ASHP InterSections ASHP InterSections

June 2, 2010

Pharmacy in the Age of Social Networking

Illustrated by Matt Sweitzer ©2010 ASHP

LIKE OTHER CLINICIANS, pharmacists use online social networking to maintain friendships, expand their professional relationships, and even keep in touch with patients. But as more and more clinicians try their hand at blogging or setting up profiles on sites such as Facebook, Twitter, and LinkedIn, professional and personal lines can become blurred. Maintaining the right balance requires finesse and ultimately depends on two things: your comfort level and your judgment.

If You Post It, You Publish It
The first thing to remember about social networking is that once you post something to a site, whether a blog, a bulletin board, a profile, or a page, it is published. That means that this content is fair game for viewers to judge as they see fit. Considering that your viewers may be colleagues, potential employers, or supervisors, you should always be judicious about whom you quote, the kinds of political and religious opinions you post, the types of photos you publish, and the language you use, according to Marni Lun, Pharm.D., M.B.A, director of ASHP’s Pharmacy Student Forum.

“Assume that people are going to Google you,” she said. “What is going to pop up first? Facebook? A blog? What does that say about you?”

Most social networks like Facebook allow users to adjust their privacy settings so that only friends or certain groups of people can see their pages. Although that is a useful feature, you can’t control how other people use the service, Lun added. “Check your friends’ pages and see what’s visible. When in doubt, be a tad more cautious than you otherwise would be with what you allow them to share about you.”

Greg Leatham, M.B.A., ASHP’s director of Web Communications, agrees. “Social networking is a great way to share information, learn new things, and make contacts with like-minded peers, but make sure you understand what is personal and what is professional,” he said.
“I caution people, especially students, who are often a little more free with what they put on their site, that it doesn’t matter where you plan to work,” said Leatham. “Human Resources is going to Google you as part of their recruiting process.”

The same goes for pharmacy directors, residency directors, division chairs, and other administrators who can influence your career and chances of future employment.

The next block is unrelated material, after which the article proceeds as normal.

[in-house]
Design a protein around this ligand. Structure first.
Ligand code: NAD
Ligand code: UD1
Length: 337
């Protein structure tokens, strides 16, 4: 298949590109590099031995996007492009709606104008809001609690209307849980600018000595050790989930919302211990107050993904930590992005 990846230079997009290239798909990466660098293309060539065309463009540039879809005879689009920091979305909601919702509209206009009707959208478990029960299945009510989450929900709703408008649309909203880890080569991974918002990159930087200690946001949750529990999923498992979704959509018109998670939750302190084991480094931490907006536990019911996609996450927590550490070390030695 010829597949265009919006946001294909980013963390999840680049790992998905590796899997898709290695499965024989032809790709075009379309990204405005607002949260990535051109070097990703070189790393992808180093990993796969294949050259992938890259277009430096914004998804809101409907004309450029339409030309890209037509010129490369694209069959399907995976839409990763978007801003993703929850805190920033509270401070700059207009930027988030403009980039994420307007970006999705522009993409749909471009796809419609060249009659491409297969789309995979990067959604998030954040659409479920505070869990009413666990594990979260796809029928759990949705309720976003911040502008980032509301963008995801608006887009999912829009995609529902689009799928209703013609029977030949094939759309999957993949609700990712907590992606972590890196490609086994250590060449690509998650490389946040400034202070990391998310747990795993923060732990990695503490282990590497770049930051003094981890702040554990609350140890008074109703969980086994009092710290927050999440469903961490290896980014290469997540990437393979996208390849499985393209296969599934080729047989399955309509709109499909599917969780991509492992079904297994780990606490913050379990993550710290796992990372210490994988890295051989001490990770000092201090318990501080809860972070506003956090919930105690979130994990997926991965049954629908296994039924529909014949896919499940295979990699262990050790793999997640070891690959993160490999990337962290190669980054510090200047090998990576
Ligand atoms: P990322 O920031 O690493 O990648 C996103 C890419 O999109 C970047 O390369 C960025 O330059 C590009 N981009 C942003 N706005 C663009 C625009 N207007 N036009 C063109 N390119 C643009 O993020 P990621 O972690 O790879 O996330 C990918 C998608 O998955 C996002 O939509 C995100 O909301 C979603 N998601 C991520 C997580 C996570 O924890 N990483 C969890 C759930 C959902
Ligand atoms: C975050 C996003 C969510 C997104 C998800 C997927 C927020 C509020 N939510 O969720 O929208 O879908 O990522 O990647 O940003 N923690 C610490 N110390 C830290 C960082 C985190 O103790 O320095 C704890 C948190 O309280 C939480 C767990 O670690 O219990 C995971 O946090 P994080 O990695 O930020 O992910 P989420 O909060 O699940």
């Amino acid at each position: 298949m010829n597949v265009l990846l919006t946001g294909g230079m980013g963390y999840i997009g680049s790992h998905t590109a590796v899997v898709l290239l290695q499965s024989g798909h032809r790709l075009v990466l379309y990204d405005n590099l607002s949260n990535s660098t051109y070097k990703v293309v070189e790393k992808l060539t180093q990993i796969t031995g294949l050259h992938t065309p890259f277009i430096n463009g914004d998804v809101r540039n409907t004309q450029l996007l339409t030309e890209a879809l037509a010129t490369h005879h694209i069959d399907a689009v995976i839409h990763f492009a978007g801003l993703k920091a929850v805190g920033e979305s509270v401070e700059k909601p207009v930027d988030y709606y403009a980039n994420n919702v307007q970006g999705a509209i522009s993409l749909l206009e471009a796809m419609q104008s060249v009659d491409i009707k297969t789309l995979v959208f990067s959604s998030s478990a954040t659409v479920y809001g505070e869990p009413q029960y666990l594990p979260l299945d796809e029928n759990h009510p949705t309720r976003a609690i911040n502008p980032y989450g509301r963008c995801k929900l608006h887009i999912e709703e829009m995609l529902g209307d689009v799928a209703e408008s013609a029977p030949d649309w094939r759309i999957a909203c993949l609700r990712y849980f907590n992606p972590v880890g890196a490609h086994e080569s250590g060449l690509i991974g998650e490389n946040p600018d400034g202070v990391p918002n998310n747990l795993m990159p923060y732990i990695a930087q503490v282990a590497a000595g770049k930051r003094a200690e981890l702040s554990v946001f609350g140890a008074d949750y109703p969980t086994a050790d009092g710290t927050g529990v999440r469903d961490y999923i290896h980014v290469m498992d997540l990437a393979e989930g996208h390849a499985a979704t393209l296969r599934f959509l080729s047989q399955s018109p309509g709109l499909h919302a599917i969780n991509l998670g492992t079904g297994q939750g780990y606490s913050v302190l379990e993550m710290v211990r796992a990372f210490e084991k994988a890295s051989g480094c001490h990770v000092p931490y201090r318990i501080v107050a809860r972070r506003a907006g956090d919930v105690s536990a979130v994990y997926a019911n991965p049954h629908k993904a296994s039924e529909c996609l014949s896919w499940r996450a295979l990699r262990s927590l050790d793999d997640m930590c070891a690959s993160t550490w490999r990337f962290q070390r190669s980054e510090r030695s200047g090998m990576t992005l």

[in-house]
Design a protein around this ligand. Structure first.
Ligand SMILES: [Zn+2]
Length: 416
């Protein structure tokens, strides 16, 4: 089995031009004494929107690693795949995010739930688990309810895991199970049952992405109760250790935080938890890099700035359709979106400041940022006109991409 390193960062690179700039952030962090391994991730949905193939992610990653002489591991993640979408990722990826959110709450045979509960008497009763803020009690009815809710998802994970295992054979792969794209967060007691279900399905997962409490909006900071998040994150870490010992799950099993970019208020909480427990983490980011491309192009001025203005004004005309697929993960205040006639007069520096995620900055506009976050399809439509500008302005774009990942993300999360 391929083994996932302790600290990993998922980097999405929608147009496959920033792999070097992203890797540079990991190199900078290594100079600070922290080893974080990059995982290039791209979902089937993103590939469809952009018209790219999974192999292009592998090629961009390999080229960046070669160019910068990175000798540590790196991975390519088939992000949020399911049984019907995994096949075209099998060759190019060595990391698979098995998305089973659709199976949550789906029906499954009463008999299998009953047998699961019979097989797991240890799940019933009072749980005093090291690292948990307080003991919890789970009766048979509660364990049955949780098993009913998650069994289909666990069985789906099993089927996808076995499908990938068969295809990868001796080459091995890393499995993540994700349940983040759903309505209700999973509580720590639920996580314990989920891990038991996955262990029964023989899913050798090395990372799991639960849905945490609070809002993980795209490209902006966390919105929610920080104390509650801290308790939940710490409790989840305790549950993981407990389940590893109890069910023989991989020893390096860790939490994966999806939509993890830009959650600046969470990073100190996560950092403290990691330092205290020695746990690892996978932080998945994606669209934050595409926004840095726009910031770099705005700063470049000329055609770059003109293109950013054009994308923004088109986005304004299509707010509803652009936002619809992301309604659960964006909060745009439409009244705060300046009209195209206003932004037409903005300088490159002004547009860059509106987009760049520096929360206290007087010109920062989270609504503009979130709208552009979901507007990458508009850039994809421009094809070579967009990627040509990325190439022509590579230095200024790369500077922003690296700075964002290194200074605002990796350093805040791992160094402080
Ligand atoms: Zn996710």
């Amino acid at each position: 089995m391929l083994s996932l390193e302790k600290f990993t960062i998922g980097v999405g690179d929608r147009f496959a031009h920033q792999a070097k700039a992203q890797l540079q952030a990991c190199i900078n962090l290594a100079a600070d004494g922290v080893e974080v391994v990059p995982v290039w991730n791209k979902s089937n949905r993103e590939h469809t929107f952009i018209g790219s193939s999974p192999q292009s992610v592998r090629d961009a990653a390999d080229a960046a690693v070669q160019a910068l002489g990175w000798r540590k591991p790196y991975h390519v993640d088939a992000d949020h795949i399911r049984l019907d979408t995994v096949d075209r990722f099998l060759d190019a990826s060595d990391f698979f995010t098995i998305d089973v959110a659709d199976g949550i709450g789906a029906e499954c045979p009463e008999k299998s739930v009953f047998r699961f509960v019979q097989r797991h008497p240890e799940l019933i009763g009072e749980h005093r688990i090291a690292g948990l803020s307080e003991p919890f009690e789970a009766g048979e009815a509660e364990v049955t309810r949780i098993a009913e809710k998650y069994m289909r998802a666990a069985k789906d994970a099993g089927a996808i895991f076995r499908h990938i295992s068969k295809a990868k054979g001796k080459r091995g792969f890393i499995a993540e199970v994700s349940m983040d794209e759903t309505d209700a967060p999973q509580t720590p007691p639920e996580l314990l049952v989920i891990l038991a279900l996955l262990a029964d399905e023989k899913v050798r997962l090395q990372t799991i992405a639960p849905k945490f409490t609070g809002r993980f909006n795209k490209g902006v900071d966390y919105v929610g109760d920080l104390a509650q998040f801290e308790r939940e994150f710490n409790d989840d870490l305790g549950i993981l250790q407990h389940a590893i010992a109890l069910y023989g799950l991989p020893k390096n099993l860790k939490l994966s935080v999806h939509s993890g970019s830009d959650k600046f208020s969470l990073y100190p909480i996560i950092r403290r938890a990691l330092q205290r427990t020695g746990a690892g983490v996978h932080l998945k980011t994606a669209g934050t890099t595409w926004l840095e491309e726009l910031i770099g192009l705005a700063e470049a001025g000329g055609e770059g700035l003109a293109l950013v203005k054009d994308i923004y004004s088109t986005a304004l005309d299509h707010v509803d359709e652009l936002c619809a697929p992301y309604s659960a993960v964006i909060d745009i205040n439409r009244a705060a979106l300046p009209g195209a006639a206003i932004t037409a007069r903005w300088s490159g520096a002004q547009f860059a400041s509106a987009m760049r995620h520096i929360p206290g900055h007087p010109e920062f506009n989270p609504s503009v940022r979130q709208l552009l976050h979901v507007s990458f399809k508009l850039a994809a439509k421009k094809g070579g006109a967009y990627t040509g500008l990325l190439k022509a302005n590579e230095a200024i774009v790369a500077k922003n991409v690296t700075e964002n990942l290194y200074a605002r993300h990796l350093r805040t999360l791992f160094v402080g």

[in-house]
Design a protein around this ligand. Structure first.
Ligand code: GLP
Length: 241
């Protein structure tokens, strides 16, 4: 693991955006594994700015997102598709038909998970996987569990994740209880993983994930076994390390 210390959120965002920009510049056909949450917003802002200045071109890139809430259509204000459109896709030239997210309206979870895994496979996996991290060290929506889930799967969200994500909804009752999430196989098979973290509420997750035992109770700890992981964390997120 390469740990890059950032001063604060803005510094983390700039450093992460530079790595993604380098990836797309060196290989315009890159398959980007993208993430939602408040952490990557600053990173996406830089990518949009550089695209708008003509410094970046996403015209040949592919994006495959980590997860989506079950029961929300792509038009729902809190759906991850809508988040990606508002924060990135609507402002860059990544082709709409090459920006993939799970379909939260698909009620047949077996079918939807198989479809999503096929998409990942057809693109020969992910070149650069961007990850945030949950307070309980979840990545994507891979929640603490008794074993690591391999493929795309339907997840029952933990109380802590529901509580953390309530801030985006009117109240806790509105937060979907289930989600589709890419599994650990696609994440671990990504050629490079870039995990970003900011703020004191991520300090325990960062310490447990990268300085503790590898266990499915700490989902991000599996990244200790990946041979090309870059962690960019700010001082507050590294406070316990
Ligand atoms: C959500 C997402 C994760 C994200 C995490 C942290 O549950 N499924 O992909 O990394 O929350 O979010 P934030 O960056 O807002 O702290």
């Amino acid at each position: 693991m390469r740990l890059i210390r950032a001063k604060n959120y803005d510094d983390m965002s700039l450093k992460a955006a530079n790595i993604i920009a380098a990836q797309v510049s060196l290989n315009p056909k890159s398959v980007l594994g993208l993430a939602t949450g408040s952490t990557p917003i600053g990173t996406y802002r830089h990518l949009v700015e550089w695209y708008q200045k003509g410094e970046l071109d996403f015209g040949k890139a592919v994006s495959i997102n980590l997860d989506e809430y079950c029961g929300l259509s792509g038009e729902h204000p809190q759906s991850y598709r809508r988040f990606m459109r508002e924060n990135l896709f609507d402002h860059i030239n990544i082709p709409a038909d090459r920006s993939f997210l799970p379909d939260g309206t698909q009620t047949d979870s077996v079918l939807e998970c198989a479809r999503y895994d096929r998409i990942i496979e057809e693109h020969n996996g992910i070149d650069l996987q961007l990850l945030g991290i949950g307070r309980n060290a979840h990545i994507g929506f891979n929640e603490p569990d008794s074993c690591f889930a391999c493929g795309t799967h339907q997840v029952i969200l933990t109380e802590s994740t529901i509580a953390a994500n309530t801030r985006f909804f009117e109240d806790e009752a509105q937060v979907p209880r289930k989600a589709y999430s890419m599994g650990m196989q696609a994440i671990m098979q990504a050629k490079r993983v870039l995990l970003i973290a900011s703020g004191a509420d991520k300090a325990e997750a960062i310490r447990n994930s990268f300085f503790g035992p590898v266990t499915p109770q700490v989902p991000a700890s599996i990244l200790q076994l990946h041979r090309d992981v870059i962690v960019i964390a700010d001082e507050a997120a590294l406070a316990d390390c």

Pharmacy students are especially vulnerable to being their own worst enemy when it comes to online social networking. In a study published in the November 2009 issue of the American Journal of Pharmaceutical Education, researchers found that incoming first-year pharmacy students used Facebook in much the same way they did as undergraduates.

Jeff Cain, Ed.D., M.S.

“This showed us that a lot of students aren’t aware of the issues involved in using social networks once they get to a professional school,” said Jeff Cain, Ed.D., M.S., director of education technology at the University of Kentucky College of Pharmacy in Lexington. “They’ve had Facebook for several years already and used it a certain way with their peers. They don’t realize that they’re no longer seen as a student but as a future professional.”

Cain, who has published widely on the issue and has presented at ASHP meetings about professionalism in the electronic age, believes that there is a disconnect between how Facebook was intended to be used—as a social hub—and how it may actually be used by some people—to gain insight into a person’s character, judgment, and professionalism.

Cain suggests that pharmacists ask themselves one question before posting anything online: Is it something you would want pharmacy faculty, your colleagues, or your patients to see?

Friendly Patients
Most online social networks allow members to connect as friends. With 400 million users on Facebook alone, sooner or later, you are bound to receive a friend request from a patient. How should you handle it?

“There’s an entire range of possible responses,” said Bill G. Felkey, M.S., professor emeritus of health care informatics at Auburn University’s Harrison School of Pharmacy in Auburn, Ala. “I have seen professionals who maintain a high level of professional distance. Others are very comfortable with including patients and look at it as a form of relationship building.”
Many professionals fall somewhere in the middle. “It’s a sticky situation,” said Cain. “It’s like a room. If patients come into that room, they’re coming into your social life. That’s a line that wasn’t crossed before.”